Hodgkins P, Sasané R, Meijer WM
Clin Ther 2011 Feb;33(2):188-203
BACKGROUND: The prevalence of attention-deficit/hyperactivity disorder (ADHD) and the associated use of stimulant medications may have increased in the Netherlands in recent years, but there is a lack of data to confirm this trend. This retrospective analysis examined the incidence, prevalence, and treatment pattern of ADHD among children from a large sample representation of the general population of the Netherlands and represents the first such analysis in a large cohort of European children.
OBJECTIVE: The aim of this study was to estimate the incidence and prevalence of children receiving initial pharmacotherapy for ADHD between 2000 and 2007 in the Netherlands and to describe treatment patterns (including persistence and adherence to ADHD medications) in this pediatric population.
METHODS: Prescription and hospitalization data from the PHARMO medical record linkage system database in the Netherlands (2003 to 2006) were analyzed for patients with newly prescribed ADHD medication who were aged 6 to 17 years and received follow-up for at least 12 months after treatment initiation with methylphenidate, dexamphetamine, atomoxetine, or combination therapy. The yearly incidence and prevalence of children receiving ADHD pharmacotherapy were estimated for the period 2000 to 2007. Demographic characteristics and baseline medication data at treatment initiation were collected along with data on hospitalizations and psychotropic treatments in the year before initiation of ADHD treatment.
RESULTS: Of the 4909 patients in the study cohort, 82% were male and 46% were between 6 and 9 years of age. The yearly incidence of children receiving ADHD medication--extrapolated from the PHARMO database to the Netherlands population--increased from 30 per 10,000 in the year 2000 to 75 per 10,000 in the year 2007. Prevalence rates showed a similar trend, increasing from 110 per 10,000 in 2000 to 210 per 10,000 in 2007. Prevalence and incidence rates both were consistently higher among boys than girls, although the greatest increases over time were observed in female patients. Analysis of treatment patterns revealed that most children (98%) initiated treatment with methylphenidate. Of those, 89% received an immediate-release formulation, although increased use of long-acting amphetamine and atomoxetine was apparent over the study period. Persistence and adherence rates varied according to the medications used and the prescribing physician. Antipsychotic agents and melatonin were the most commonly used therapeutics in the year before ADHD treatment initiation (6% and 4% of patients, respectively).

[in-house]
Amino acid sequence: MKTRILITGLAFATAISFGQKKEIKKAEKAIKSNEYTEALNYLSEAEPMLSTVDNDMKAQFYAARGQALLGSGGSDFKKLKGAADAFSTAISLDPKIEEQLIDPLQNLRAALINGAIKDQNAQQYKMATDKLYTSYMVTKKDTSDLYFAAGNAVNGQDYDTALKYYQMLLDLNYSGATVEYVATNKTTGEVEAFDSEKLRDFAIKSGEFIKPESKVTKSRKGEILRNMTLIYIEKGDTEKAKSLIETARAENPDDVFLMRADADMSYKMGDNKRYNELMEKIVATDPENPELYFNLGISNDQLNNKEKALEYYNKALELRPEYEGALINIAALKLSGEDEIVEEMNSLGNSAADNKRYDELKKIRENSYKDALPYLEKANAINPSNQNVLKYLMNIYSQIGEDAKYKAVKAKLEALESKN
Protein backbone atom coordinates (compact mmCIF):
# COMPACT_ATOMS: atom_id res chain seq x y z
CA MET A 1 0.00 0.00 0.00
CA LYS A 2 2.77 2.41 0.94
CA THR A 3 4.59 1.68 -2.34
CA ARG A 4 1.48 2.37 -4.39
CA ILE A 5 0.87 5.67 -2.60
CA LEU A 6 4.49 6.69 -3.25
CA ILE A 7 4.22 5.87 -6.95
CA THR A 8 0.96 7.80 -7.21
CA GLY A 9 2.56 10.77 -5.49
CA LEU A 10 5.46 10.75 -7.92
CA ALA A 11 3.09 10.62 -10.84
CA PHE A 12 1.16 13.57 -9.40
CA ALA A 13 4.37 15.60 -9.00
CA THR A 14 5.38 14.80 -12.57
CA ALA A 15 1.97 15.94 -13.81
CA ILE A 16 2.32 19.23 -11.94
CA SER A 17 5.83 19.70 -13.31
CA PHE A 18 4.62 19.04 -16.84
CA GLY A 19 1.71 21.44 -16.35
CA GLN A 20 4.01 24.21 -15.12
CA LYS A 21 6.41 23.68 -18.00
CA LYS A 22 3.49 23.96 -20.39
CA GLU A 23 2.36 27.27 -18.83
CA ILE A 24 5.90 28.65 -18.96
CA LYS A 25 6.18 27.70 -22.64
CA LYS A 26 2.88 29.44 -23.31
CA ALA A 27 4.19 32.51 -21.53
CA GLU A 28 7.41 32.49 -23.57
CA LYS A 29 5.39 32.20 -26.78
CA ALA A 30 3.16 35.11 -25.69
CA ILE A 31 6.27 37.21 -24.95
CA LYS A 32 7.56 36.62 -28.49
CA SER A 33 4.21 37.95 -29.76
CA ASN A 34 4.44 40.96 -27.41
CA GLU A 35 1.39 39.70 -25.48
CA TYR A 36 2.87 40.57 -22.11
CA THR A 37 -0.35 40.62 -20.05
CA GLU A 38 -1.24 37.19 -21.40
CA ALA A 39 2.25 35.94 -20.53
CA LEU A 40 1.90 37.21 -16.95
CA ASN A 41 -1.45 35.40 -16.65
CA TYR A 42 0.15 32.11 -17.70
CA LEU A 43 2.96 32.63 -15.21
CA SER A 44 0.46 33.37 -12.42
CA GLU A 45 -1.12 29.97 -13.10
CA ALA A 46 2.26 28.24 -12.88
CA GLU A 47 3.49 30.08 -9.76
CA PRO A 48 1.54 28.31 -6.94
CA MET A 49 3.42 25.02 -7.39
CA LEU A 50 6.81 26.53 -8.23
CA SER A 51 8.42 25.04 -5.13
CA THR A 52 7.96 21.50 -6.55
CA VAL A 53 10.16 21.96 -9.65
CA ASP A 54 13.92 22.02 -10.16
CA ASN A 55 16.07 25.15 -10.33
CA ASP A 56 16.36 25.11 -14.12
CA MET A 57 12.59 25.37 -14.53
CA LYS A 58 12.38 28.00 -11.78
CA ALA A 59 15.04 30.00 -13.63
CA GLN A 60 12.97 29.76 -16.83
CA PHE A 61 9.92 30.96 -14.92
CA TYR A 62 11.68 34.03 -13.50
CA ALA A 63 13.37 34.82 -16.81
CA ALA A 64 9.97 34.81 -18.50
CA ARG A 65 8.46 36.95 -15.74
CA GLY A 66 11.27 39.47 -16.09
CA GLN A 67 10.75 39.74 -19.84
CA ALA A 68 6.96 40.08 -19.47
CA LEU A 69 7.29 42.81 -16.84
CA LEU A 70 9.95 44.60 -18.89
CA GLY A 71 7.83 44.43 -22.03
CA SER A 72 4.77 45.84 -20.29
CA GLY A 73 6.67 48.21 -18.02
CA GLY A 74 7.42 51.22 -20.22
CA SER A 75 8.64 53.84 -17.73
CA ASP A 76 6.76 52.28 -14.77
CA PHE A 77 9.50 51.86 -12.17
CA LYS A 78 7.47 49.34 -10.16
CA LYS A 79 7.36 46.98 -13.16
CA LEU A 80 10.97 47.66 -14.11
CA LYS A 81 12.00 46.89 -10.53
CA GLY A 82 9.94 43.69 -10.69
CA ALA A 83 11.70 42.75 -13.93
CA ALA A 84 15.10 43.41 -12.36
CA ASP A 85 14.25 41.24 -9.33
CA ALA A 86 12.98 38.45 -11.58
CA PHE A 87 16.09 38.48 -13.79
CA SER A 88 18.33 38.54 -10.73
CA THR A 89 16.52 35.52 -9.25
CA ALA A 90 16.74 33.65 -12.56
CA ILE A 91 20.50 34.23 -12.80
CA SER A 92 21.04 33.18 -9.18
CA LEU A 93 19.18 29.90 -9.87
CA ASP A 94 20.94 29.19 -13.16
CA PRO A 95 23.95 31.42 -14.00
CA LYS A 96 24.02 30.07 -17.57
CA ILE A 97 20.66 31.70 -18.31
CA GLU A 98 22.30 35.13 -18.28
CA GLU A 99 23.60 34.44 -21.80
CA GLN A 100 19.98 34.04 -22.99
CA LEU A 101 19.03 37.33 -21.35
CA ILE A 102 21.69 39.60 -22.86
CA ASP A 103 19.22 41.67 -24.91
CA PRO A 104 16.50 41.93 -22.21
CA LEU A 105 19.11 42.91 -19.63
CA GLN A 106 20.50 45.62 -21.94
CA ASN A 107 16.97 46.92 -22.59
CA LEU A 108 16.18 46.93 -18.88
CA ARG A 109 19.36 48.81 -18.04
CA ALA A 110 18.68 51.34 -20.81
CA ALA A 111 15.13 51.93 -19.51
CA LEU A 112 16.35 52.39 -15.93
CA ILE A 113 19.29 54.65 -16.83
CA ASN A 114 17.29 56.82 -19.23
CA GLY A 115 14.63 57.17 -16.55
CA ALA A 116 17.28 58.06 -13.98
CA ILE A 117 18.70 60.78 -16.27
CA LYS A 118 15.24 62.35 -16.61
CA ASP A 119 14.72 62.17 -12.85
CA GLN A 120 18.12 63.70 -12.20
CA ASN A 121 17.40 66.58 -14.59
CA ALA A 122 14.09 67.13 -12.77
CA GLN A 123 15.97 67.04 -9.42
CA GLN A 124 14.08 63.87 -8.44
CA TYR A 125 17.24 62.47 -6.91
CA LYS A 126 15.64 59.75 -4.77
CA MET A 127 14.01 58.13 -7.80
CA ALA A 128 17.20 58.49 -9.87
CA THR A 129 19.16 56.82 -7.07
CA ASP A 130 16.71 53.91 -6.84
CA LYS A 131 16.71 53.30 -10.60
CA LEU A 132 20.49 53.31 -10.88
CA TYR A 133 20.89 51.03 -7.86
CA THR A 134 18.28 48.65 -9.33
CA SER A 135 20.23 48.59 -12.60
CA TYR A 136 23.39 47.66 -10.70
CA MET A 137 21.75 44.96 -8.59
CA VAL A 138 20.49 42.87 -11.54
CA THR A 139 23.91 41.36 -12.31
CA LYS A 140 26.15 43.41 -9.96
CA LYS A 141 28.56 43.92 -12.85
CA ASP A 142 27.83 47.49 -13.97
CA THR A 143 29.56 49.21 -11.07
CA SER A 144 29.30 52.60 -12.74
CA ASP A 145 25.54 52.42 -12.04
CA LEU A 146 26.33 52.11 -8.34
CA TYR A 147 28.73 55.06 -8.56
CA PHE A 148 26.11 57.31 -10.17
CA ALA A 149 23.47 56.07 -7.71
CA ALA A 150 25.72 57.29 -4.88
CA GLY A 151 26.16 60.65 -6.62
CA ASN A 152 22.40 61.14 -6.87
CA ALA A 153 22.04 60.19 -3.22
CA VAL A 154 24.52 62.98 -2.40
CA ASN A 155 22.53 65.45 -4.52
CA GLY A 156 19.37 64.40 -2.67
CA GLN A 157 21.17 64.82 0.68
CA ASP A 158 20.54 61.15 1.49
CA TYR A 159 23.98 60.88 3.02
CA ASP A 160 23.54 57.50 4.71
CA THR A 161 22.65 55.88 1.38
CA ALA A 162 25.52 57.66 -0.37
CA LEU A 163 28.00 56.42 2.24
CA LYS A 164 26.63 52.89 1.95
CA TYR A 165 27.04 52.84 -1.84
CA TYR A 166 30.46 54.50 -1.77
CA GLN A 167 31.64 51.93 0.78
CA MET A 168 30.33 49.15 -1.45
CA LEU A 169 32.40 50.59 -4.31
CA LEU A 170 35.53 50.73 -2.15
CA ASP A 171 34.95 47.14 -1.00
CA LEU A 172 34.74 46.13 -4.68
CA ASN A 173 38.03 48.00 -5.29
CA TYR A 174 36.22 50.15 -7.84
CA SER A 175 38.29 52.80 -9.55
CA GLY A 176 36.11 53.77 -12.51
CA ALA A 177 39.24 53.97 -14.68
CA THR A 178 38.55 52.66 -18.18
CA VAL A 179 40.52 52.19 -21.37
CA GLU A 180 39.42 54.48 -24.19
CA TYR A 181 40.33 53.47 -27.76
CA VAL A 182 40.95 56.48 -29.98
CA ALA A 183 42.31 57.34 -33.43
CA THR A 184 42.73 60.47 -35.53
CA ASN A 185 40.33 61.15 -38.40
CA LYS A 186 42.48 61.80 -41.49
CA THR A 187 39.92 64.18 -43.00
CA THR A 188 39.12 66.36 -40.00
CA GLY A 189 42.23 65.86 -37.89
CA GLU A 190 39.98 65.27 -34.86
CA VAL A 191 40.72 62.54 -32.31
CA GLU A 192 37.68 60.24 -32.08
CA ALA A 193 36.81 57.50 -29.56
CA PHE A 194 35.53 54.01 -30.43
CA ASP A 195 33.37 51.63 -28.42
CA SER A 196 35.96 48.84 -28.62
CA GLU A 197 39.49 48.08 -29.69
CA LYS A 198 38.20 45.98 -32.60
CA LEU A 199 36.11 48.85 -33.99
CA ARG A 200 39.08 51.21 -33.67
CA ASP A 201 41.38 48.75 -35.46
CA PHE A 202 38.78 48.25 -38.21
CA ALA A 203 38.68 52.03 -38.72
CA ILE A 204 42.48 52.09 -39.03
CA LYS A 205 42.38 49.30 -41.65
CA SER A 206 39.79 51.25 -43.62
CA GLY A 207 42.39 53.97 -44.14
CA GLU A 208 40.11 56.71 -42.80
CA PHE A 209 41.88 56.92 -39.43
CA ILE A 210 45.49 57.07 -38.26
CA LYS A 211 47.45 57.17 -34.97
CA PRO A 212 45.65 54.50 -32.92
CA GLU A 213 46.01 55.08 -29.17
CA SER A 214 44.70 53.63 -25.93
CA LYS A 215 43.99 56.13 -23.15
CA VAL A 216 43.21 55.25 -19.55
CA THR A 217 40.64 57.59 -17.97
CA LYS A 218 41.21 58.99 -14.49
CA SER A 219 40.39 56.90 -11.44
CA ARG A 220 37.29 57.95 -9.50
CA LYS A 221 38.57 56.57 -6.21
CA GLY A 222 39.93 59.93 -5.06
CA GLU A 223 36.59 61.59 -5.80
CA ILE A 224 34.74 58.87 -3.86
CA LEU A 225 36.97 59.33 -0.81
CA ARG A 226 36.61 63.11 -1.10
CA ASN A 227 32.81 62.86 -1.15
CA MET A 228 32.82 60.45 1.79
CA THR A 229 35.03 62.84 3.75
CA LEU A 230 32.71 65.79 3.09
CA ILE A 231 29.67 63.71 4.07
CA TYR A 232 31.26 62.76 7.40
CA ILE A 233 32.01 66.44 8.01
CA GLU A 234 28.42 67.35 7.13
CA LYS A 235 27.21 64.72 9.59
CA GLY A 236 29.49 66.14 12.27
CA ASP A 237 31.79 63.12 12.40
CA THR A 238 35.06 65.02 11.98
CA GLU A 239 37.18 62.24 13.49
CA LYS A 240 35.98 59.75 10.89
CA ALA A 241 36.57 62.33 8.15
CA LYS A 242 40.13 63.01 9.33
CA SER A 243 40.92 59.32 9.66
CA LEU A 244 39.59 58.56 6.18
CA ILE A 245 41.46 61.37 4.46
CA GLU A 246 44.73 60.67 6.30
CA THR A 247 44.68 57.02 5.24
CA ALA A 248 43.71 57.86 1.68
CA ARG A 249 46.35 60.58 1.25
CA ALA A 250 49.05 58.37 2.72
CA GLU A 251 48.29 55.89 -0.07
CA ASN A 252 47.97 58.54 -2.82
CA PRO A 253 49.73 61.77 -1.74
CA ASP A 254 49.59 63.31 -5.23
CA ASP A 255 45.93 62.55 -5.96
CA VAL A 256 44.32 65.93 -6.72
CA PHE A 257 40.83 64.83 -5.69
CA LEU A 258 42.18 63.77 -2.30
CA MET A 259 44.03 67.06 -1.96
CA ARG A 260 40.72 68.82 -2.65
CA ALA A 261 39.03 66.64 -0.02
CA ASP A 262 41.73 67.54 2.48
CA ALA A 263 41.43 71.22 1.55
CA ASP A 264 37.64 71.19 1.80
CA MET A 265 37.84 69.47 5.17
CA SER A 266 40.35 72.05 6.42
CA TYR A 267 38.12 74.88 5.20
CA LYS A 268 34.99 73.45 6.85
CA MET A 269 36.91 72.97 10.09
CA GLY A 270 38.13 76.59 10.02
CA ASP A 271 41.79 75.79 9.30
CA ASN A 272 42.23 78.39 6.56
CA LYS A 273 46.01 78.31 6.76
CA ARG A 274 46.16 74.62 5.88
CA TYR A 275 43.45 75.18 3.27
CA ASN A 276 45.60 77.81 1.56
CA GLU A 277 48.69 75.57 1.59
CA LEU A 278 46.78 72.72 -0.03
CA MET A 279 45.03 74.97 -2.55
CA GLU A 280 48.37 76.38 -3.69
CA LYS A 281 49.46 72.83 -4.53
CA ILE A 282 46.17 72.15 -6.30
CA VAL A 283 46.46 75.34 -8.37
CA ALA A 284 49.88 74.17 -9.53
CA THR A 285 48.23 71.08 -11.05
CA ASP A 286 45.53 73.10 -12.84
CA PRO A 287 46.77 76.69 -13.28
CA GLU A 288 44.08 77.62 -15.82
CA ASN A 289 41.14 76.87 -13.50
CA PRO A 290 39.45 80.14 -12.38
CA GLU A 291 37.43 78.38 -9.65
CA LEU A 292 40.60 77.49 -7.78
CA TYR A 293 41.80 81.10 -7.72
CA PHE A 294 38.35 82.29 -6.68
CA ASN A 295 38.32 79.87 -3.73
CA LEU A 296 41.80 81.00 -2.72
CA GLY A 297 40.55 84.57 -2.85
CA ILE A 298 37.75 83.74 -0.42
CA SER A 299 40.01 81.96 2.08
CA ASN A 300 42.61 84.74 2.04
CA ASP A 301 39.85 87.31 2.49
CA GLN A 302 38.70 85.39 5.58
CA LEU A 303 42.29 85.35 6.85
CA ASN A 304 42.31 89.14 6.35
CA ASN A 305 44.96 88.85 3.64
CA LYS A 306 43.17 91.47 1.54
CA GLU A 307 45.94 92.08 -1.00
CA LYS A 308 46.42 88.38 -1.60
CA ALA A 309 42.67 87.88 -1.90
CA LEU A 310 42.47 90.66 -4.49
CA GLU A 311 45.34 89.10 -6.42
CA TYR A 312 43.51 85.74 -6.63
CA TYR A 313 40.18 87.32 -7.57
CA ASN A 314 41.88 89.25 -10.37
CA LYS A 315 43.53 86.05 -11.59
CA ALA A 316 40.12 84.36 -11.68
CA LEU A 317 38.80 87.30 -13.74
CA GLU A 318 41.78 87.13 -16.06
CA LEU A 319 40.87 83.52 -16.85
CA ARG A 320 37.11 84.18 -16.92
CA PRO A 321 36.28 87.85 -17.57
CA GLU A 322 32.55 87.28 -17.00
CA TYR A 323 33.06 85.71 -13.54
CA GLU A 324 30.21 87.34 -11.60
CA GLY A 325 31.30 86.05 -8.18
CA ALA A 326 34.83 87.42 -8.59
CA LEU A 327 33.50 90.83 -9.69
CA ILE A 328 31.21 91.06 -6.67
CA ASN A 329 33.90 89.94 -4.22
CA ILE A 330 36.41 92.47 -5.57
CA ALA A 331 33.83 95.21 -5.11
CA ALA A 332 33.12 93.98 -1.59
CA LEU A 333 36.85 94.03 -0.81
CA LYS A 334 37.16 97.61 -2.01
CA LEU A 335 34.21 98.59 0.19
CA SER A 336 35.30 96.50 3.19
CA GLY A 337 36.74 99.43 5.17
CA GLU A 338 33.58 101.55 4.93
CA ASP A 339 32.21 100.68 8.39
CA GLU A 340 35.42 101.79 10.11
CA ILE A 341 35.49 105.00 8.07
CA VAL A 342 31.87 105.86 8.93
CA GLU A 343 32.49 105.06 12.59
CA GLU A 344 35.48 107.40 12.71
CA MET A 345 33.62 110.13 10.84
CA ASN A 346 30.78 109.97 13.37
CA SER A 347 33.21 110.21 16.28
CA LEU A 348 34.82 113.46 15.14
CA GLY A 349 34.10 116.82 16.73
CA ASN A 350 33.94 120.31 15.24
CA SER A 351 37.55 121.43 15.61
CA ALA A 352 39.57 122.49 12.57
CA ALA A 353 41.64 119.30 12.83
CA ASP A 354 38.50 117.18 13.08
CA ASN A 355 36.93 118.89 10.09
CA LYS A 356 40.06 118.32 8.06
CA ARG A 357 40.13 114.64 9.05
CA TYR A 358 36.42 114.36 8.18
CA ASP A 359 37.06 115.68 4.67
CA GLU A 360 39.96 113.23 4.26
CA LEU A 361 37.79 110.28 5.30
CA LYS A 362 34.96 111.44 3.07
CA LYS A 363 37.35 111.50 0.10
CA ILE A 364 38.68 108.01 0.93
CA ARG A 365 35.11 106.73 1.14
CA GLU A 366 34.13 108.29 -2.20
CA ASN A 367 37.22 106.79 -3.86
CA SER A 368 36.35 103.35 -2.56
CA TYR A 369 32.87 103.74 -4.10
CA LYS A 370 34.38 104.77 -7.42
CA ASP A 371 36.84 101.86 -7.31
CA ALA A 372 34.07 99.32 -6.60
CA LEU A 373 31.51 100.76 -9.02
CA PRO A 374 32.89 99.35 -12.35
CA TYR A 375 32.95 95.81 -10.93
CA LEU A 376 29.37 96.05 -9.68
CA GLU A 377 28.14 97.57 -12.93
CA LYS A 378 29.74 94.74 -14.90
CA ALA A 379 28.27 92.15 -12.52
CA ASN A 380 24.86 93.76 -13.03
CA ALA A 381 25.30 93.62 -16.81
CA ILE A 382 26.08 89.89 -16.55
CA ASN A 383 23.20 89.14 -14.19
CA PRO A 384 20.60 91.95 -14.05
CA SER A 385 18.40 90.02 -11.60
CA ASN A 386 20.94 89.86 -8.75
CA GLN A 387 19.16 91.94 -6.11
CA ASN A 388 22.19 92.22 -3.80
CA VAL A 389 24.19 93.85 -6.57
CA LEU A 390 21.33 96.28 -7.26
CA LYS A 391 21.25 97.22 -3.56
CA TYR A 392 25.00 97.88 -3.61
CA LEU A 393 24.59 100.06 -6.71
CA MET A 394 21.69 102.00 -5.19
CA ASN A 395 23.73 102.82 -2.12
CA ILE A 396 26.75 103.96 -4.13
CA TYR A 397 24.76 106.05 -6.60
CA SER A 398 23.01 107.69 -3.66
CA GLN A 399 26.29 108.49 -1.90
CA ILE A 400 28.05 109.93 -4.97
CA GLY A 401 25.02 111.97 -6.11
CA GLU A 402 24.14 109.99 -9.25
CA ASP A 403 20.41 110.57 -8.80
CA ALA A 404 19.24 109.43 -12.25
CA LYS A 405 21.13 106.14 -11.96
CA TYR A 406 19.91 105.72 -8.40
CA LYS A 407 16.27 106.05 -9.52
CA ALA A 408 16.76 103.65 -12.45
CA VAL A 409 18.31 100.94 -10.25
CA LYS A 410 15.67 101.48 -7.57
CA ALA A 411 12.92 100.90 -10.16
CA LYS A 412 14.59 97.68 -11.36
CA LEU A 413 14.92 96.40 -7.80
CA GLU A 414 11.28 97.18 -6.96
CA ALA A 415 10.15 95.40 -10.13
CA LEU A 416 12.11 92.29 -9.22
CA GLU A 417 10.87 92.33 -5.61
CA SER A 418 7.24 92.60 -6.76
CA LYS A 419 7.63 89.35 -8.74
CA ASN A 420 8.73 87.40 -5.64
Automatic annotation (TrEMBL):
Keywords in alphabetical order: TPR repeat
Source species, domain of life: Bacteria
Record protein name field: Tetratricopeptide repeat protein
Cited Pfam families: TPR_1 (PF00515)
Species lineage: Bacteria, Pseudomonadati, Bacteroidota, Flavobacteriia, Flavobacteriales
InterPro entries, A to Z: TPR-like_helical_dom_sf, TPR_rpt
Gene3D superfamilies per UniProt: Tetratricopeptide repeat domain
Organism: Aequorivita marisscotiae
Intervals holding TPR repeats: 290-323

CONCLUSIONS: The incidence and prevalence of children treated for ADHD increased from 2000 to 2007. Most children (98%) initiated treatment with immediate-release methylphenidate.